Death Valley National Park is an iconic place in California. It’s featured in movies, songs, yet so many people think of it as a bare desert with nothing to see.
In reality, Death Valley has some of the most incredible, unique scenery in the entire US and is definitely worth visiting.
Whether you’re traveling from California or Las Vegas, a one day trip to Death Valley is all you need to make the most of this unique place.
In this post, you’ll learn all about Death Valley National Park and how to make the most of your one-day trip with our done-for-you itinerary.
Don’t forget to check out our in-depth guide on Channel Island Backpacking for another adventure you won’t want to miss.
A little bit of history
Located in Southern California, just east of the Sierra Mountains, is the iconic Death Valley. Bordering Nevada State, the valley has been home to Indigenous people for over 10,000 years and is now home to a range of wildlife (despite what the name might suggest!).
In the beginning, the tribes that called Death Valley home were hunters and gatherers who came to the valley in the cooler months and then moved up the mountains as soon as the temperatures began to soar.
It wasn’t until the late 1800s that miners flocked to this area following the gold rush, in hopes of finding precious metals and gems.
The mining communities decimated Indigenous populations and thrived in the area for years. But as soon as the mining boom fell off, the small towns were deserted.
The name Death Valley comes from a group known as the 49ers who came to Death Valley in 1849, heading west to California. They got lost for so long they were forced to eat their oxen and burn their wagons for warmth. When they finally found their way on foot, one of the women said “goodbye, Death Valley”, and the name stuck.
In 1993, President Hoover declared the area to be “Death Valley National Monument” which was eventually renamed Death Valley National Park.
Now, it’s a tourist spot visited by thousands of people every year and has some unique sights to see.
Things to Consider for Your 1 Day Trip to Death Valley
If you have just one day in Death Valley, here are some important things to consider to make the most of your short time there.
When to visit
Spring is the most popular season to visit the valley. The weather is nice but not scorching, and the beautiful displays of wildflowers are something to see.
The Death Valley Dark Sky Festival is also hosted every spring, which sees thousands of people flock to the area and local campsites get filled up quickly.
Although you can visit Death Valley National Park in the summer months, it’s usually far too hot for most people. Summer starts early too, so by mid-may it’s usually too hot to camp on the low elevations.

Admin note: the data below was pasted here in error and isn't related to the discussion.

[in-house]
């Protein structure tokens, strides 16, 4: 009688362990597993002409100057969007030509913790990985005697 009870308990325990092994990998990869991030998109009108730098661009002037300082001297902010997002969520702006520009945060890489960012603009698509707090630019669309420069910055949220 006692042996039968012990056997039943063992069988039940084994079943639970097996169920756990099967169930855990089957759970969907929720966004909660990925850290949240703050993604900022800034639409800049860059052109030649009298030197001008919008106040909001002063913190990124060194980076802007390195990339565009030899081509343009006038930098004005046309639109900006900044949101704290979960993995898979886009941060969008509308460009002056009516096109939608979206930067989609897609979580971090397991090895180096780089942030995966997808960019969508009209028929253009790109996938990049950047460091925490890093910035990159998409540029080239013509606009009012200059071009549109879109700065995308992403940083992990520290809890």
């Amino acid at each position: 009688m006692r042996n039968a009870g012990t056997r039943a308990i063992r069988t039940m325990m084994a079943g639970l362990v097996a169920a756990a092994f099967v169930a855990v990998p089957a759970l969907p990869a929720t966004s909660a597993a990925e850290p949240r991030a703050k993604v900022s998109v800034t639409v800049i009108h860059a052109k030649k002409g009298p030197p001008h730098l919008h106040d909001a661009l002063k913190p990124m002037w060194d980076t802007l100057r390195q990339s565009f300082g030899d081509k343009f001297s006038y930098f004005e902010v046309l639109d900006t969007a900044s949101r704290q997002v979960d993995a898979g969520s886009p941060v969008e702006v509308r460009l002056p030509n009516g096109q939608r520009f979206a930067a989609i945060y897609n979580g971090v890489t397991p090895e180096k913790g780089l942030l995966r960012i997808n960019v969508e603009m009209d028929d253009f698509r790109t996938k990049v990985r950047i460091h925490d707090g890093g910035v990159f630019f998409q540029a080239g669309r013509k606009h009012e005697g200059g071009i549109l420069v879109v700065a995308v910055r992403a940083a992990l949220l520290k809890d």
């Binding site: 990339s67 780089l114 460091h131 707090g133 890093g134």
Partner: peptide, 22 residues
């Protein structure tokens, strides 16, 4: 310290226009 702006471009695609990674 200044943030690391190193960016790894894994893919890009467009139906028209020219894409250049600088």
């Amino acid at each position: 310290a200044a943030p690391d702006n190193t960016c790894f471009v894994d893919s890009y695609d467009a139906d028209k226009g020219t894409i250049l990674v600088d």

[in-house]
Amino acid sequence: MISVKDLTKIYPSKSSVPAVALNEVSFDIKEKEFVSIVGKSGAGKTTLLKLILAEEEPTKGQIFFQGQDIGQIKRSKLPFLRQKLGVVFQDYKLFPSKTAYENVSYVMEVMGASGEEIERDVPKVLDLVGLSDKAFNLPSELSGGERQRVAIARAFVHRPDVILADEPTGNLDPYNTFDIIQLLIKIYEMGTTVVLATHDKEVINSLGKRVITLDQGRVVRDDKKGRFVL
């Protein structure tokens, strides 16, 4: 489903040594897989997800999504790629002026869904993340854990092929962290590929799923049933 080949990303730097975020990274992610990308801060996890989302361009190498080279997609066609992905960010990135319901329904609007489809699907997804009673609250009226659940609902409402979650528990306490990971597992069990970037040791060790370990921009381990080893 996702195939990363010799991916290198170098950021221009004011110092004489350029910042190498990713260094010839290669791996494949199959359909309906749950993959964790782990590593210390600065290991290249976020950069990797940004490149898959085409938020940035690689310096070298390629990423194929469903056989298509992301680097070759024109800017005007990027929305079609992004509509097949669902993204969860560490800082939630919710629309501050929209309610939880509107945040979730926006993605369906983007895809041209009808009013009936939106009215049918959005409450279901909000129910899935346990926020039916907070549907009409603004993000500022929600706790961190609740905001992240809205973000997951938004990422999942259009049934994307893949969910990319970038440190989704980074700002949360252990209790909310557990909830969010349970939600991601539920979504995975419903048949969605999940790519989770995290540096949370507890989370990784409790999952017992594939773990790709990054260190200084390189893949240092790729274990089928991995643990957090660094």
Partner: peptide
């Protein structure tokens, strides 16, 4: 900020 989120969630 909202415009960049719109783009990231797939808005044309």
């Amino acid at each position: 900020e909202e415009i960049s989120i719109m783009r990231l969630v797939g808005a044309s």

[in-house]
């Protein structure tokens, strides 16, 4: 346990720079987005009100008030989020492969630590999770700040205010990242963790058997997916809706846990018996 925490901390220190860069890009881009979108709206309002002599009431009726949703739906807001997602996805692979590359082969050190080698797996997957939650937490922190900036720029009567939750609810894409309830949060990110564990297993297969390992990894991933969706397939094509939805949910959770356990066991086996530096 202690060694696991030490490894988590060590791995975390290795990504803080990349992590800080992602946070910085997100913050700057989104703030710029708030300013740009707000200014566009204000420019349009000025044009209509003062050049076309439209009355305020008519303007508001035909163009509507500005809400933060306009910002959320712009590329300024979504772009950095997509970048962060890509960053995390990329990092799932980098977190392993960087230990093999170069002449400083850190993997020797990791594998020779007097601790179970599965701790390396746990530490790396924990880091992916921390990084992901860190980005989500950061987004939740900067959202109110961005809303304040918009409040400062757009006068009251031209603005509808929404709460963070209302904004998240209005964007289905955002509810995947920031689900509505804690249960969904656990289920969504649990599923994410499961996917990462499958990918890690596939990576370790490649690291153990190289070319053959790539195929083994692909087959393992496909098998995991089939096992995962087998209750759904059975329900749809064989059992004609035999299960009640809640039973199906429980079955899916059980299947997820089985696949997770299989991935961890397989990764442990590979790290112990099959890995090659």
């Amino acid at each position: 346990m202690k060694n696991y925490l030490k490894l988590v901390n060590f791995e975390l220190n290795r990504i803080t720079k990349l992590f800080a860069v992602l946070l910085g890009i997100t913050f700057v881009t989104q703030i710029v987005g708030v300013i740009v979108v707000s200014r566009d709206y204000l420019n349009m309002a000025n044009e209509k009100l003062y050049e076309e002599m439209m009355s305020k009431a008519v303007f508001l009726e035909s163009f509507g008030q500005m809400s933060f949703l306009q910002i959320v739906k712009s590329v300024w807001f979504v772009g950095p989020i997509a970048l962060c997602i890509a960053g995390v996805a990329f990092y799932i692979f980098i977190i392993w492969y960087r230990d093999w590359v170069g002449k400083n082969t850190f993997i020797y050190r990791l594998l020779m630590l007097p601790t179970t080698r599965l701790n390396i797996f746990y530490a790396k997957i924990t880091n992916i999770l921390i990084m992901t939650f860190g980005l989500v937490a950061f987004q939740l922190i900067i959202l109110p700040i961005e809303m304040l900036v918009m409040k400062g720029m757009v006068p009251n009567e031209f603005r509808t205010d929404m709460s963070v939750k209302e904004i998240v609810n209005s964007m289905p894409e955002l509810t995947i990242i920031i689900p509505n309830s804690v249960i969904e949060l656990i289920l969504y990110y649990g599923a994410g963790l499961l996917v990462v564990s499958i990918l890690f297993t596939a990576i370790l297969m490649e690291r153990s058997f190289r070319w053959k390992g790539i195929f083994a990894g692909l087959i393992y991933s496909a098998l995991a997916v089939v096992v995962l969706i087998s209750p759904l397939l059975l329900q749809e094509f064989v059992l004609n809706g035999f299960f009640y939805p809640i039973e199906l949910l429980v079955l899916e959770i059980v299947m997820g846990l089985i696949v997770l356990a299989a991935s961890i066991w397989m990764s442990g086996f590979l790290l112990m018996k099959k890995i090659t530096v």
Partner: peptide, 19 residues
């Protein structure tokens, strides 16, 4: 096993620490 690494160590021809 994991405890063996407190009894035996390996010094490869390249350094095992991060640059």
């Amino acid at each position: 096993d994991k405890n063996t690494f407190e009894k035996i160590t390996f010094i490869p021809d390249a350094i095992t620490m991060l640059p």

Even so, many people still visit the valley during the summer and drive through to see the main attractions (hiking trails are too hot). Some camping is available throughout the summer, but not as much as the springtime.
Driving in Death Valley National Park
Badwater Road runs through Death Valley and is a popular route for those looking to visit the Devil’s Golf course, Badwater, and Artist’s Drive & Artist’s Palette. That entire road trip takes around an hour and a half and brings you right back out to Highway 190.
If you do plan on driving through Death Valley, you’ll need a 4×4 or high clearance vehicle to take the best routes. Although there are many flat, dirt roads to follow, many of the attractions are on rocky terrain that most average vehicles will find difficult to clear.
Entering Death Valley National Park
You’ll need a permit to enter Death Valley unless you’re going as part of a ranger-led tour. You can fill out a form online to get a digital permit which you should keep a copy of on your trip in case a ranger asks to see it.
If you’re coming from California, you’ll enter the park west off Highway 395. You’ll need to head down onto Highway190 going through Panamint Springs to get to the park from this direction.
If you’re coming from Las Vegas, there are a couple different route options. The easiest is to head out on Highway 160 on the south end and head to Death Valley junction where the road becomes Highway 190 and you can enter the park here.
This route takes you by Dante’s View, Twenty Mule Canyon, and Zabriskie Point, and Furnace Creek with a park visitor center.
Once you’re at Furnace Creek, it’s easy to get to Desolation Canyon, Artist’s Drive (Artist’s Palette), Devil’s Golf Course, and the Natural Bridge.
Things to pack
Even for a one-day trip to Death Valley, there are some essentials you need to pack. Remember, it’s a dangerous place and if you get stranded or your car breaks down, you’ll be glad you have all the necessary survival supplies until help arrives.
- Plenty of water (one gallon per person per day)
- A good supply of non-perishable food (protein bars are good to add)
- Sunscreen (apply regularly throughout the day)
- Sunglasses to protect from glare
- Sturdy hiking shoes
- Crampons (not to be confused with microspikes)
- A light jacket
- First aid kit
- Water purifiers
- Compass or GPS device
- Binoculars and a camera
- Portable charger for your phone
- Flashlight or headlamp
Heatstroke is a real concern in Death Valley in the summer and spring, so it’s important to keep your skin covered and protected from UV rays. However, even in the summer, the temperature can drop considerably at night so make sure you have supplies if camping.
If you’re heading to the mountains, these can be around 40 degrees cooler than the valley floor, so be prepared for the change in temperature.
Summer thunderstorms are rare but do happen and can sometimes wash out the dirt road, which is why it’s important to have a GPS device in case you lose your way.
Entrance Fee and passes
There are fees to enter Death Valley since it’s a national park. You’ll need a permit for your vehicle which will cover an entire week of entry to the park.
Here’s a breakdown of the Death Valley entrance fees:
- $30 for a single, private vehicle
- $25 for a motorbike
- $15 per person if you’re entering on foot